The UK’s Supreme Court has dismissed a claim calling for the law to be changed to force company directors to start taking creditors into account at the first risk of insolvency.
The Supreme Court ruling reaffirms the current position in law, in stating company directors are only required to begin prioritising creditors if it is “probable” their company will actually plunge into insolvency.
The ruling clarifies the current legal position under which directors’ duties to creditors are triggered only when a company is either insolvent or on the brink of bankruptcy, rather than at an earlier point in time, when the first signs of insolvency risks appear.
The case comes after debt collector BTI filed a lawsuit against French paper maker Sequana seeking to reclaim a €135m (£188m) dividend paid out to it by its subsidiary AWA in May 2009.
Although AWA was solvent at the time, the Scottish paper manufacturer had long-term pollution related liabilities that meant there was a real risk it might become insolvent in the future.
BTI later sought to reclaim the €135m debt from Sequana following AWA’s in October 2018 – almost a decade after it first paid out the dividend.
The debt collector had sought to argue that AWA’s decision to pay Sequana a dividend was taken in breach of its creditor duties, due to the risk of potential insolvency.
Lawyers speaking to City A.M. said the Supreme Court’s ruling will likely be welcomed by company directors due to it clarifying directors only have a duty to begin considering creditors’ interests when there is a real risk of insolvency.
“As before, directors need to heed the shadow of insolvency only when it becomes more likely than not,” commercial barrister David Drake said.
However, Drake noted the court’s ruling may come as a “bitter pill” for creditors “who feel that directors have been given a licence to fritter away assets, ignoring an obvious risk of creditors being left short-changed.”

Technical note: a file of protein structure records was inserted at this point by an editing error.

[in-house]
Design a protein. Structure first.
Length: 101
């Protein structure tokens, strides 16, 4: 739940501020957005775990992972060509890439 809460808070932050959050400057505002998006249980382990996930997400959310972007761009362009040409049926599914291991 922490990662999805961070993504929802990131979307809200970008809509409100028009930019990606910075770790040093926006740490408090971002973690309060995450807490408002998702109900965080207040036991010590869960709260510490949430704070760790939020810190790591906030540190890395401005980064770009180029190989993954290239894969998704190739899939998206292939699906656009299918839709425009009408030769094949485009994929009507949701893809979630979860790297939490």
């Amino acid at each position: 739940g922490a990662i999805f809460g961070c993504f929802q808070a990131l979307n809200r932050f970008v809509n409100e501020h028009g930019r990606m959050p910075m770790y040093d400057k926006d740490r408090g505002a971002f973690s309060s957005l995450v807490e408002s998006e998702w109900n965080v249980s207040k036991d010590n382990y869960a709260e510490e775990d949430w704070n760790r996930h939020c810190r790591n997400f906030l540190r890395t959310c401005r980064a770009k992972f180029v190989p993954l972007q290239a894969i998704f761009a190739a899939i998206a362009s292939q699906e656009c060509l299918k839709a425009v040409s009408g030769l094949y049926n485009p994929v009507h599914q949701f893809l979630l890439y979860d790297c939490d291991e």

Ashurst partner Olga Galazoula said the extra clarity provided by the ruling “particularly helpful… at the current time when we are seeing increased distress in the market”.
Natalie Osafo from the London Solicitors Litigation Association (LSLA) said: “This decision provides some welcomed clarity” but noted “the precise point in time at which the duty will be triggered and how to balance creditors’ interests with other competing interests of the business remains relatively elusive.”
Edward Smith, a partner in Travers Smith’s restructuring and insolvency practice, said: “The Supreme Court judgment recognises that there may be a sliding scale of distress, where the more parlous the financial state of the company, the more the directors should prioritise the interests of creditors.”
Cripps director Tania Clench said: “Prior to the judgment, we already knew that in the run up to insolvency, there’s a point at which the interests of the company and its members take a back seat in favour of the interests of creditors. But today’s judgment has clarified the point at which that duty switches.”